How to store bread

How to store bread

Fresh bread, spread thickly with butter and perhaps a little salt - sometimes the simple things are the best. However, bread needs to be stored properly so that it can be enjoyed for a few days.

 
 

The water is the problem

It is important to understand that any kind of bread contains water. This water is bound by the starch in the flour. This water is constantly released into the environment. This is why bread molds very quickly under plastic. What 14% (according to the survey institute Statista) of all bread eaters do wrong: bread should never be stored in the refrigerator. The cold in the fridge causes the bread to lose 3x as much water as at room temperature and it simply "dries up". And anyone who has ever eaten bread from the fridge knows that this bread just doesn’t taste good anymore.
There is one exception, however: hot and humid summer days. When summer temperatures reach 30°C and the humidity is high, all food, fruit, vegetables and even bread and rolls unfortunately go moldy very quickly. On these days, baked goods actually stay fresh longer in the fridge - but unfortunately, they don't taste any better.
If cold, then please put them in the freezer and preferably in pre-cut slices. If necessary, simply defrost the desired amount at room temperature and toast or roast in the oven if required.
In general, bread keeps best fresh at room temperature. A whole bread also offers less surface for mold and drying out and, according to the law, may not be baked with preservatives.
The type of bread also determines its shelf life. Wheat breads, such as baguettes, unfortunately do not stay fresh as long as rye breads, for example. This in turn has to do with the moisture contained in the bread.
On average you can say that
  • Wheat bread lasts 2 days,
  • Rye bread 3-4 days
  • Wholemeal bread keeps fresh for 7-9 days.

Bread is often sold in plastic bags, at the bakery in paper bags. Which is correct?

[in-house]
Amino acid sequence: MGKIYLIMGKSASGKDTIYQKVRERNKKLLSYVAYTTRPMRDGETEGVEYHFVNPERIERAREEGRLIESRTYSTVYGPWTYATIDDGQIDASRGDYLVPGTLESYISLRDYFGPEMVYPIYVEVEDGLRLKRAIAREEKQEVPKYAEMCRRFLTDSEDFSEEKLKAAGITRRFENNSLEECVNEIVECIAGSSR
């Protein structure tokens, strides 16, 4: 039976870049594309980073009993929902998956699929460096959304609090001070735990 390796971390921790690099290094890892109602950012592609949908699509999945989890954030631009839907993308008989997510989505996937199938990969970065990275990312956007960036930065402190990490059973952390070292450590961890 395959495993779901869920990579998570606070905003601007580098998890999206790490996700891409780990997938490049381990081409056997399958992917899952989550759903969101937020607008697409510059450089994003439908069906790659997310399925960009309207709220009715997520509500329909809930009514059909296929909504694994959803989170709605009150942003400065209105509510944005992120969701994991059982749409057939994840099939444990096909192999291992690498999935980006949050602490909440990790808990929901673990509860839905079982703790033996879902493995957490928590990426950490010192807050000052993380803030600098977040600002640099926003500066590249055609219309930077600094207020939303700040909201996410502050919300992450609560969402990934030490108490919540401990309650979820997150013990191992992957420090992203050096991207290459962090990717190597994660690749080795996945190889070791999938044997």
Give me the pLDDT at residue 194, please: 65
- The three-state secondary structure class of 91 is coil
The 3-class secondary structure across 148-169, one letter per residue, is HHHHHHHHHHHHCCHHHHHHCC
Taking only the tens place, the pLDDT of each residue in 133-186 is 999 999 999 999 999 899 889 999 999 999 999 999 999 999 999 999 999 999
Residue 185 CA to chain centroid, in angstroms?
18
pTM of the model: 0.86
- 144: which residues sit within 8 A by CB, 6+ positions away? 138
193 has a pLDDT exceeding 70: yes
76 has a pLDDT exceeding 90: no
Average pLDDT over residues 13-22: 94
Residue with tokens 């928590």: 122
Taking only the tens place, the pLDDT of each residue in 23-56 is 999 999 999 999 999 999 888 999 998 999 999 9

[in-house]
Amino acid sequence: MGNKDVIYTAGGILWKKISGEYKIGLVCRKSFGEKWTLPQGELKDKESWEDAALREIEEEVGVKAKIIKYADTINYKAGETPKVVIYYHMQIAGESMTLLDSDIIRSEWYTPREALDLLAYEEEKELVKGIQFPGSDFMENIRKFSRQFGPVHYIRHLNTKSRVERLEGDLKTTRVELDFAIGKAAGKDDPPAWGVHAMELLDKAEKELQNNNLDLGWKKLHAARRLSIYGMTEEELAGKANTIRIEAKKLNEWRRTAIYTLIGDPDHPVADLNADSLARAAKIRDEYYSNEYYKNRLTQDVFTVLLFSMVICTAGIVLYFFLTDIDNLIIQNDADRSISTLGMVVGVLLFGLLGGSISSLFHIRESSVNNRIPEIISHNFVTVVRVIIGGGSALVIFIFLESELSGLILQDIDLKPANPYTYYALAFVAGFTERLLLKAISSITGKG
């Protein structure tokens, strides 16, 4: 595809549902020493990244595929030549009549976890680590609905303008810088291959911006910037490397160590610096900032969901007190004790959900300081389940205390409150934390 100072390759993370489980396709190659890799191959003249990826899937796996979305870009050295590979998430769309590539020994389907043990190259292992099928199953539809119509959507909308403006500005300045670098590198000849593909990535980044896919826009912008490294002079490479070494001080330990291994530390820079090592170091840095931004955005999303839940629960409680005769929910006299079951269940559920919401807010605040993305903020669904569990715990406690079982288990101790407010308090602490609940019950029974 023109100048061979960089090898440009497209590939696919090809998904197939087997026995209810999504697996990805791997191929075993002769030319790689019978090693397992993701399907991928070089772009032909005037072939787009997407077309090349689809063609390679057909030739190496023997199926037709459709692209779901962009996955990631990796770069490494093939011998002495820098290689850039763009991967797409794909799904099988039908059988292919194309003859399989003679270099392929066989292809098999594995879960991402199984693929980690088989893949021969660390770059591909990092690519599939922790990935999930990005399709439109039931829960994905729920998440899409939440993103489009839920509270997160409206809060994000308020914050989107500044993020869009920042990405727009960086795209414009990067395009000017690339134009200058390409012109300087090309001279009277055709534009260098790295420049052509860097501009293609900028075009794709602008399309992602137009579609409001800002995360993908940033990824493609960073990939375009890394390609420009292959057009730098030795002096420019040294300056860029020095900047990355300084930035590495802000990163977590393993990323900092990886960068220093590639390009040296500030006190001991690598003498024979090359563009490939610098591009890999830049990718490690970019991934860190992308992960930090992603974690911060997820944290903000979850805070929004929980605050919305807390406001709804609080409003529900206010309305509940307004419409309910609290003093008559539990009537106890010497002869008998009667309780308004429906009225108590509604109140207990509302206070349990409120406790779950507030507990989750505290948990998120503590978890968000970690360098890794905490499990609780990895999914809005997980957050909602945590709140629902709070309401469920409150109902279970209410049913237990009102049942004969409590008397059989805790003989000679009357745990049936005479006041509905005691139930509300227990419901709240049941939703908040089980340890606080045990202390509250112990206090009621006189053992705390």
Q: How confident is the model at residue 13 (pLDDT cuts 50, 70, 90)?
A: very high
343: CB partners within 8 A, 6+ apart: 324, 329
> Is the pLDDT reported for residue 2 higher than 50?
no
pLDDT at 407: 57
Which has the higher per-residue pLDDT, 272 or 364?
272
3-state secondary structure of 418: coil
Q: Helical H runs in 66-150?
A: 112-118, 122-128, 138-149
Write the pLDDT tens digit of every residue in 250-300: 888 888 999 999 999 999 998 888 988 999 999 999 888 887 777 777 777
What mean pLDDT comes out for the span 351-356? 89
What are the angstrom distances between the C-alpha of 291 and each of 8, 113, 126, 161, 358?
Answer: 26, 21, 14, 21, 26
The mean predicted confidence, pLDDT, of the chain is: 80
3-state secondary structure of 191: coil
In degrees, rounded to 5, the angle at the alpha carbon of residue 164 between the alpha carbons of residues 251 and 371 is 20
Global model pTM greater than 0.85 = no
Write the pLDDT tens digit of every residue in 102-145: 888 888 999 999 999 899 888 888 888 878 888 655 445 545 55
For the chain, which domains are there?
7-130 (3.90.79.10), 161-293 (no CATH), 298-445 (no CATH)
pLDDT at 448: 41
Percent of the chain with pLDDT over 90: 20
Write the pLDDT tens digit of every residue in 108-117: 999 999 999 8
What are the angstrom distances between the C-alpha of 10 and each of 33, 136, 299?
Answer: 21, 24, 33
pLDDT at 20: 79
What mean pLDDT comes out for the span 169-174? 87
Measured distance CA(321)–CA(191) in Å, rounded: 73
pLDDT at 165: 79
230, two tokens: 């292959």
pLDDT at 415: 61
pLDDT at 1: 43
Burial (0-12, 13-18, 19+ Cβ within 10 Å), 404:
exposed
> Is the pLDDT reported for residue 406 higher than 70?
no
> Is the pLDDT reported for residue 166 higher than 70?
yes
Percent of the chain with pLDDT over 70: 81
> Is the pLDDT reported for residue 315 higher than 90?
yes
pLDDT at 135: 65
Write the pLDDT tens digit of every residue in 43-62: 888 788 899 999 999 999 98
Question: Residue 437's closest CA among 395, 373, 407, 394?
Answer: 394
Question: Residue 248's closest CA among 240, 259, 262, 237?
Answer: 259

Plastic seals a bread airtight, i.e., there is no more air circulation, but the bread still produces moisture and sweats under the plastic. The perfect breeding ground for mold-causing bacteria.
In paper bags, on the other hand, the moisture is absorbed by the paper and the bread will dry out more quickly.
Specially developed bread boxes are available in a wide variety of materials, but generally they all have one of these two properties in common: they are either ventilated by air holes or they absorb humidity through the material used and release it again. This is the case, for example, with unglazed clay pots or Roman pots.
Here, however, you should also pay attention to cleaning. Crumbs or old bread residues provide a breeding ground for germs and thus for mold. That's why it's recommended that you use vinegar or vinegar essence once a week to get rid of these germs.
So what is the best way and why?
By far the best way to keep bread fresh for longer is to use our beeskins. The coarsely woven fabric and the mixture of wax, resin and oil allow the bread to breathe, but at the same time protect it from drying out. Air can thus circulate, but keeps the moisture in the baked goods. Home-baked breads sweat even more after baking. We recommend wrapping these breads tightly but loosely with beeskin on the first day. Approximately so that a finger fits between the cloth and the bread. As the days go by, the beeskin can then be wrapped tighter and tighter around the bread.
We offer both bags and cloths, but the principle is always the same. For several rolls, the bag is certainly easier to use, while a loaf of bread is easier to wrap in a single beeskin.
 
 
After use, simply "uncrumb" the beeskin and, at the latest when a new loaf is to be wrapped, wash it with our beeskin dish soap, let it dry well and use it again straight away. Freezing is also no problem in beeskin - by the way, this also works excellently with pizza or cakes. And if something does get moldy? Here, too, you can wipe the beeskin with a little vinegar water or vinegar essence. 
Have a look at the beeskin bags and wraps here